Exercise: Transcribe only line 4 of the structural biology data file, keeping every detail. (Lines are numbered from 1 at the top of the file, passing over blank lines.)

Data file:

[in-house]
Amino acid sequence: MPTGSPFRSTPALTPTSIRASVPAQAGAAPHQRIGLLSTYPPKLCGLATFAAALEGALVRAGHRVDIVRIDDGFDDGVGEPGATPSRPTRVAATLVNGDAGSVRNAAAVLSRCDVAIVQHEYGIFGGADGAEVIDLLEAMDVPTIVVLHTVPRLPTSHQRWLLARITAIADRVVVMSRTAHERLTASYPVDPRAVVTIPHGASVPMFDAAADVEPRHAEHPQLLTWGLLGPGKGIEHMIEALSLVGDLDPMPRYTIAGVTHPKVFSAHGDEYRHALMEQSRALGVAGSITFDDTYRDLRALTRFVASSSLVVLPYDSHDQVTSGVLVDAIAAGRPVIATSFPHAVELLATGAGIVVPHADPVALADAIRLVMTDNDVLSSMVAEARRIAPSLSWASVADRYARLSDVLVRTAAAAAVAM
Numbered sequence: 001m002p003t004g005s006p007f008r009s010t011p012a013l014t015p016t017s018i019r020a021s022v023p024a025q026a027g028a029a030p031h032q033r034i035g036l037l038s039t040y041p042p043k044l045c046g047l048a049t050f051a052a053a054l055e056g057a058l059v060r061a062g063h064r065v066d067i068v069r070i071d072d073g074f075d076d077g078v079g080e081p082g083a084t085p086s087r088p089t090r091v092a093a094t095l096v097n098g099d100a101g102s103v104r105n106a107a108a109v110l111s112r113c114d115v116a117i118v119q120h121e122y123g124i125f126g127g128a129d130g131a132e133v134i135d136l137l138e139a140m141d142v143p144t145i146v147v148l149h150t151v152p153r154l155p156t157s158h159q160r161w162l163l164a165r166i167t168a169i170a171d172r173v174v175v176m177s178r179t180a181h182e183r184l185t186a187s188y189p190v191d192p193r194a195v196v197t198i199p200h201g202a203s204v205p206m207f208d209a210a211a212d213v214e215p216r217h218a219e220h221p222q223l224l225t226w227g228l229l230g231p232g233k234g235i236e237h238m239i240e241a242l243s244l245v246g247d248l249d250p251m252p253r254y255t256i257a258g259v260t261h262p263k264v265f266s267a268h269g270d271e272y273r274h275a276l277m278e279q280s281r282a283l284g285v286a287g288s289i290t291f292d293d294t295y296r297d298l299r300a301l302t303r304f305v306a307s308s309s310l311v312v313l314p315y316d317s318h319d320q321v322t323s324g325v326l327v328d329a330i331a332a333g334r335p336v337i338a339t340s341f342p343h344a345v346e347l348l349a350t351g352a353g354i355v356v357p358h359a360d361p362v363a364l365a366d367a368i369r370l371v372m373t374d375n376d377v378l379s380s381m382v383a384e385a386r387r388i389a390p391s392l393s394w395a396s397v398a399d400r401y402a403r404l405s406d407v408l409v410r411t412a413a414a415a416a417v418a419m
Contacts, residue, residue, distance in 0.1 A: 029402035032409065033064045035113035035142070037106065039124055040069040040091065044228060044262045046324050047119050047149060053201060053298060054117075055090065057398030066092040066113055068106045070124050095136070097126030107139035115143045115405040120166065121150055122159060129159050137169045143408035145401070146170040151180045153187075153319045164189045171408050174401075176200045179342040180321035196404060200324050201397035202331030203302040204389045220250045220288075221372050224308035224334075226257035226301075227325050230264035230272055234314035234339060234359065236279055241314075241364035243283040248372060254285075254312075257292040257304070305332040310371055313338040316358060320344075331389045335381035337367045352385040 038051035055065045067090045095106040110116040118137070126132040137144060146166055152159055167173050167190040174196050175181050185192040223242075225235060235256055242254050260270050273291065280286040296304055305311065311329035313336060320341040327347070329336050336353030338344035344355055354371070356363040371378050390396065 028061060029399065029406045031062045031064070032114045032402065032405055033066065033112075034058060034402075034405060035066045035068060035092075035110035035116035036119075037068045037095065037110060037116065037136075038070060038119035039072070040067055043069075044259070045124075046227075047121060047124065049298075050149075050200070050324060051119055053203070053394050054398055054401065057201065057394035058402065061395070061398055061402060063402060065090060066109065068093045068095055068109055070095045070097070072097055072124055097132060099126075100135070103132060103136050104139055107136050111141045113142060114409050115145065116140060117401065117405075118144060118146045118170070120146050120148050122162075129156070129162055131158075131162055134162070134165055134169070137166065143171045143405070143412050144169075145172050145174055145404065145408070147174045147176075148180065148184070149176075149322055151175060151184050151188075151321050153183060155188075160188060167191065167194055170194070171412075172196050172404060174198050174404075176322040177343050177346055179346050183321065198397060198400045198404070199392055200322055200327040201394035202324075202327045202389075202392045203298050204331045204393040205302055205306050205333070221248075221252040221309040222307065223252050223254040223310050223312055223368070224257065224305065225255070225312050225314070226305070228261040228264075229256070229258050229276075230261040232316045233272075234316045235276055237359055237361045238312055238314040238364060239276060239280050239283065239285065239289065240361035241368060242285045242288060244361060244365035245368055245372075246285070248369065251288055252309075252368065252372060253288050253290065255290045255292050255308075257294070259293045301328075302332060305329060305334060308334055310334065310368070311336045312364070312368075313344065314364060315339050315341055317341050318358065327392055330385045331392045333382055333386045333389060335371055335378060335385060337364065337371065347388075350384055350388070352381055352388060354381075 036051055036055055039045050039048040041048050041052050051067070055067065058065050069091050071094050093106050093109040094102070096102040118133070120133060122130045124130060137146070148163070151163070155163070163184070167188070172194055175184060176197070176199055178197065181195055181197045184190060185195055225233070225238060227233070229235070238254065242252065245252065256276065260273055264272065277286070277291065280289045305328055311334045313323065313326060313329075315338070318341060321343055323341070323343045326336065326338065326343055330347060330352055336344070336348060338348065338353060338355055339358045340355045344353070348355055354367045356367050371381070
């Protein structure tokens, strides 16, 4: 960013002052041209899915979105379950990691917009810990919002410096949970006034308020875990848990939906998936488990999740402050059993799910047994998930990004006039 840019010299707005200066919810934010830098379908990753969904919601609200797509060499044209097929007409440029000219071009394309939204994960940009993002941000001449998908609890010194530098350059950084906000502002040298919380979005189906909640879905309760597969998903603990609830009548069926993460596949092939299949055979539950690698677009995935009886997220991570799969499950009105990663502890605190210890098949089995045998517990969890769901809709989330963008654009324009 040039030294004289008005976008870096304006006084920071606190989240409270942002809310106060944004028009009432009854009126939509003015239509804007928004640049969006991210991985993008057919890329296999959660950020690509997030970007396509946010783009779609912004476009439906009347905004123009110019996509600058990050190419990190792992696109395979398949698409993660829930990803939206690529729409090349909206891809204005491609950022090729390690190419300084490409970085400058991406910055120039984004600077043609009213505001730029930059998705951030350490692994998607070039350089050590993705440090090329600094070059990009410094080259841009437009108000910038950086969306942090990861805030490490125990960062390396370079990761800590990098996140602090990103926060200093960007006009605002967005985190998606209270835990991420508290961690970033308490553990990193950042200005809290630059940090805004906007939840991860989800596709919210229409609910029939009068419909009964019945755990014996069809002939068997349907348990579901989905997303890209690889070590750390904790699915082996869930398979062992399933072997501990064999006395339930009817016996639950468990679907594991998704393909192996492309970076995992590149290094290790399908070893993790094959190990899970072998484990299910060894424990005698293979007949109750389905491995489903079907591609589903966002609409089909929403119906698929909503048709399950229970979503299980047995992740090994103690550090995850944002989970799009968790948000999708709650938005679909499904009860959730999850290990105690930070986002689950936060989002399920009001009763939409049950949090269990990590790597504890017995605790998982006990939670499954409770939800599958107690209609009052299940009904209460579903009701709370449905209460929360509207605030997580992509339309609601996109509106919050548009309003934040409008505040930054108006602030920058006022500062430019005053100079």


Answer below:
Contacts, residue, residue, distance in 0.1 A: 029402035032409065033064045035113035035142070037106065039124055040069040040091065044228060044262045046324050047119050047149060053201060053298060054117075055090065057398030066092040066113055068106045070124050095136070097126030107139035115143045115405040120166065121150055122159060129159050137169045143408035145401070146170040151180045153187075153319045164189045171408050174401075176200045179342040180321035196404060200324050201397035202331030203302040204389045220250045220288075221372050224308035224334075226257035226301075227325050230264035230272055234314035234339060234359065236279055241314075241364035243283040248372060254285075254312075257292040257304070305332040310371055313338040316358060320344075331389045335381035337367045352385040 038051035055065045067090045095106040110116040118137070126132040137144060146166055152159055167173050167190040174196050175181050185192040223242075225235060235256055242254050260270050273291065280286040296304055305311065311329035313336060320341040327347070329336050336353030338344035344355055354371070356363040371378050390396065 028061060029399065029406045031062045031064070032114045032402065032405055033066065033112075034058060034402075034405060035066045035068060035092075035110035035116035036119075037068045037095065037110060037116065037136075038070060038119035039072070040067055043069075044259070045124075046227075047121060047124065049298075050149075050200070050324060051119055053203070053394050054398055054401065057201065057394035058402065061395070061398055061402060063402060065090060066109065068093045068095055068109055070095045070097070072097055072124055097132060099126075100135070103132060103136050104139055107136050111141045113142060114409050115145065116140060117401065117405075118144060118146045118170070120146050120148050122162075129156070129162055131158075131162055134162070134165055134169070137166065143171045143405070143412050144169075145172050145174055145404065145408070147174045147176075148180065148184070149176075149322055151175060151184050151188075151321050153183060155188075160188060167191065167194055170194070171412075172196050172404060174198050174404075176322040177343050177346055179346050183321065198397060198400045198404070199392055200322055200327040201394035202324075202327045202389075202392045203298050204331045204393040205302055205306050205333070221248075221252040221309040222307065223252050223254040223310050223312055223368070224257065224305065225255070225312050225314070226305070228261040228264075229256070229258050229276075230261040232316045233272075234316045235276055237359055237361045238312055238314040238364060239276060239280050239283065239285065239289065240361035241368060242285045242288060244361060244365035245368055245372075246285070248369065251288055252309075252368065252372060253288050253290065255290045255292050255308075257294070259293045301328075302332060305329060305334060308334055310334065310368070311336045312364070312368075313344065314364060315339050315341055317341050318358065327392055330385045331392045333382055333386045333389060335371055335378060335385060337364065337371065347388075350384055350388070352381055352388060354381075 036051055036055055039045050039048040041048050041052050051067070055067065058065050069091050071094050093106050093109040094102070096102040118133070120133060122130045124130060137146070148163070151163070155163070163184070167188070172194055175184060176197070176199055178197065181195055181197045184190060185195055225233070225238060227233070229235070238254065242252065245252065256276065260273055264272065277286070277291065280289045305328055311334045313323065313326060313329075315338070318341060321343055323341070323343045326336065326338065326343055330347060330352055336344070336348060338348065338353060338355055339358045340355045344353070348355055354367045356367050371381070